On May 8, 2002, Moore was present when cable network TV Land and the City of Minneapolis dedicated a statue in downtown Minneapolis of the television character she made famous on The Mary Tyler Moore Show. The statue, by sculptor Gwendolyn Gillen, was located in front of the Dayton’s department store – now Macy’s – near the corner of 7th Street South and Nicollet Mall. It depicts the iconic moment in the show’s opening credits where Moore tosses her Tam o’ Shanter in the air, in a freeze-frame at the end of the montage.[69][70] While Dayton’s is clearly seen in the opening sequence, the store in the background of the hat toss is actually Donaldson’s, which was, like Dayton’s, a locally based department store with a long history and which was cater-cornered from Dayton’s. In late 2015 the statue was placed in storage during renovations to the mall, and in December it was relocated to the city’s visitor center, where it will remain until the renovation is complete in 2017, after which it is planned to be returned to its original location.[65]

Moore was awarded the 2011 Screen Actors Guild’s lifetime achievement award.[71][72] In New York City in 2012, Moore and Bernadette Peters were honored by the Ride of Fame and a double-decker bus was dedicated to them.[73]

Year Association Category Work Result Ref.
1963 Emmy Awards Outstanding Lead Actress in a Comedy Series The Dick Van Dyke Show Nominated [74]
The Dick Van Dyke Show Won [75]
1965 Golden Globe Awards Actress in a Television Series The Dick Van Dyke Show Won [77]
1971 The Mary Tyler Moore Show Won [77]
Emmy Awards Outstanding Lead Actress in a Comedy Series The Mary Tyler Moore Show Nominated [78]
1972–1977 Golden Globe Awards Actress in a Television Series The Mary Tyler Moore Show Nominated [77]
1973 The Mary Tyler Moore Show Nominated [77]
Emmy Awards Outstanding Lead Actress in a Comedy Series The Mary Tyler Moore Show Won [80]
1975 The Mary Tyler Moore Show Nominated [82]
1976 The Mary Tyler Moore Show Won [83]
1977 The Mary Tyler Moore Show Nominated [84]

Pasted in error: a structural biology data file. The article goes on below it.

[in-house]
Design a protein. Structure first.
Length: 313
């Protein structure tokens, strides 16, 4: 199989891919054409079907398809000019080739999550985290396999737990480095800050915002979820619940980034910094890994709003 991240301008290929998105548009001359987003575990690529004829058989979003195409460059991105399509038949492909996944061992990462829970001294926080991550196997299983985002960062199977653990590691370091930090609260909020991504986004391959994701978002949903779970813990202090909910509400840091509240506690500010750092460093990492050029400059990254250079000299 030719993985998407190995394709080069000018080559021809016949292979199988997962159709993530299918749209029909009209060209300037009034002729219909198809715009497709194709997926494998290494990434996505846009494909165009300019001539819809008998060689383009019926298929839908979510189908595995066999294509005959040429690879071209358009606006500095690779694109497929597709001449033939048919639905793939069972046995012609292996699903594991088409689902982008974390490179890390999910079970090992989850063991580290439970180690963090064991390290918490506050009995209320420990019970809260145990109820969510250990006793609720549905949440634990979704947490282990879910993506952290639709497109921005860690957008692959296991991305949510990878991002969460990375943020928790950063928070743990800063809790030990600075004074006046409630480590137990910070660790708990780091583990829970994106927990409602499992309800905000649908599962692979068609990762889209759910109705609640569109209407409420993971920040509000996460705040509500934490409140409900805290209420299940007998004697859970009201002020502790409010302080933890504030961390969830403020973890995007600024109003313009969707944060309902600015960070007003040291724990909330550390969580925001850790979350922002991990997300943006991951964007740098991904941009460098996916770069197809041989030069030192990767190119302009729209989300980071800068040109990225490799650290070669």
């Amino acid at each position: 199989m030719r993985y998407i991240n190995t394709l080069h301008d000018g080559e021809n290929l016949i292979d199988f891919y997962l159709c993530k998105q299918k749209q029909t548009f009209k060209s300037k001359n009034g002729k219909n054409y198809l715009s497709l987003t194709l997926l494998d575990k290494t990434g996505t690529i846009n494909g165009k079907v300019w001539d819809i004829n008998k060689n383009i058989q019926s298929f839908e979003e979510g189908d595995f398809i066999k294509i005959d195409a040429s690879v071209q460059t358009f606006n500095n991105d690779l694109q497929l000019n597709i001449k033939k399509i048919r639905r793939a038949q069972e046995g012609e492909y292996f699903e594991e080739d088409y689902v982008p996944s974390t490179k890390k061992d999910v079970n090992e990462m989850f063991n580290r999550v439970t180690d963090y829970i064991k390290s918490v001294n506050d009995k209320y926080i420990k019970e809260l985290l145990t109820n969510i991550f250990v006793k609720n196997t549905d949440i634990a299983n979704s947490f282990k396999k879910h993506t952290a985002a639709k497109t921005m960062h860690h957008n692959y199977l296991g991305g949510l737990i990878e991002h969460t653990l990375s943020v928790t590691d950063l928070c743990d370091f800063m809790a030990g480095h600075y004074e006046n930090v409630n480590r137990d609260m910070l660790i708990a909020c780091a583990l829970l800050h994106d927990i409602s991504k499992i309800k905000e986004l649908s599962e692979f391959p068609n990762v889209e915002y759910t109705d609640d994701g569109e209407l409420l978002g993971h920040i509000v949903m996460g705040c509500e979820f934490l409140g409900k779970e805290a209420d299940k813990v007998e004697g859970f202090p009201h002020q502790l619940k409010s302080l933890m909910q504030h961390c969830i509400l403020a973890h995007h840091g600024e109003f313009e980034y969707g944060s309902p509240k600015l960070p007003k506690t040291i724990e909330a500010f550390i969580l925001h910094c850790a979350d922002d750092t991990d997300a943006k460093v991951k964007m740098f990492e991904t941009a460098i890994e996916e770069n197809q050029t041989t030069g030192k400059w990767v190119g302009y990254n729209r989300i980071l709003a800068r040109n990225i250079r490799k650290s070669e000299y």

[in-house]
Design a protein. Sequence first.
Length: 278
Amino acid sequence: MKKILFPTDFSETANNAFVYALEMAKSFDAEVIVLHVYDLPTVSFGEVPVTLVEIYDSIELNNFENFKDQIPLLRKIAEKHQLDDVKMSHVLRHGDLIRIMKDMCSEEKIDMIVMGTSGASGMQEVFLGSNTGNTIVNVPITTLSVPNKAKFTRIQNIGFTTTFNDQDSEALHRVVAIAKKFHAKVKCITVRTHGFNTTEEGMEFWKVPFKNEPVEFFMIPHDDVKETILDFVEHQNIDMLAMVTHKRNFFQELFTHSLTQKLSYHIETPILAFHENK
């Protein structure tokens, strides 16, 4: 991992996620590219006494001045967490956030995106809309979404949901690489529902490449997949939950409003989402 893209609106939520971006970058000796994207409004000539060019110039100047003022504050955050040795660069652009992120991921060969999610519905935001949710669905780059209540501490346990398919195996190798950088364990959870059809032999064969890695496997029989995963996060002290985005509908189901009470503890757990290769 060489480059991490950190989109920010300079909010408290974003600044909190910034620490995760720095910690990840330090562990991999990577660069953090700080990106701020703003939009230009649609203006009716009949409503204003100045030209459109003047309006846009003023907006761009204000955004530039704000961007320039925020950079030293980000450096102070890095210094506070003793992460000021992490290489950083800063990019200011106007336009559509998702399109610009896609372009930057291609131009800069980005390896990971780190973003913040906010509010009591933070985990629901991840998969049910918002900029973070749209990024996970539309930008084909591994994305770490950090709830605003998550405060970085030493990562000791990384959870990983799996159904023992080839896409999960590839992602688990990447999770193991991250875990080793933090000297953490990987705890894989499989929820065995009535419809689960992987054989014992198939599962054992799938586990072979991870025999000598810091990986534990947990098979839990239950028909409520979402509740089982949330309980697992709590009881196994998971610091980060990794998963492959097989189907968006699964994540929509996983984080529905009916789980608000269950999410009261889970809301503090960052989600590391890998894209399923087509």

1980 Golden Globe Awards Best Actress in a Motion Picture – Drama Ordinary People Won [77]
1980 Tony Awards Special award Whose Life Is It Anyway? Won
1980 Academy Awards Best Actress Ordinary People Nominated [85]
1980 Drama Desk Awards Outstanding Actress in a Play Whose Life Is It Anyway? Nominated
1985 Tony Awards Best Reproduction (Play or Musical) Joe Egg (produced by MTM Enterprises, Inc.) Won
1985 Women in Film Crystal award Won [86]
1993 Emmy Awards Outstanding Supporting Actress in a Limited Series or Movie Stolen Babies Won



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  72. Jump up^ “Mary Tyler Moore Honored With 2011 Screen Actors Guild Life Achievement Award – Screen Actors Guild Awards”.
  73. Jump up^ PHOTO FLASH: Bernadette Peters Inducted Into Gray Line New York’s Ride of Fame Theater Mania. August 21, 2012.
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  75. Jump up^ “16th Emmy Awards Nominees and Winners”.
  76. Jump up^ “18th Emmy Awards Nominees and Winners”.
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  80. Jump up^ “25th Emmy Awards Nominees and Winners”.
  81. Jump up^ “26th Emmy Awards Nominees and Winners”.
  82. Jump up^ “27th Emmy Awards Nominees and Winners”.
  83. Jump up^ “28th Emmy Awards Nominees and Winners”.
  84. Jump up^ “29th Emmy Awards Nominees and Winners”.
  85. Jump up^ “The 53rd Academy Awards (1980) Nominees and Winners”. Academy of Motion Picture Arts and Sciences (AMPAS). Retrieved August 27, 2013.
  86. Jump up^ Past recipients Crystal Award WIF web site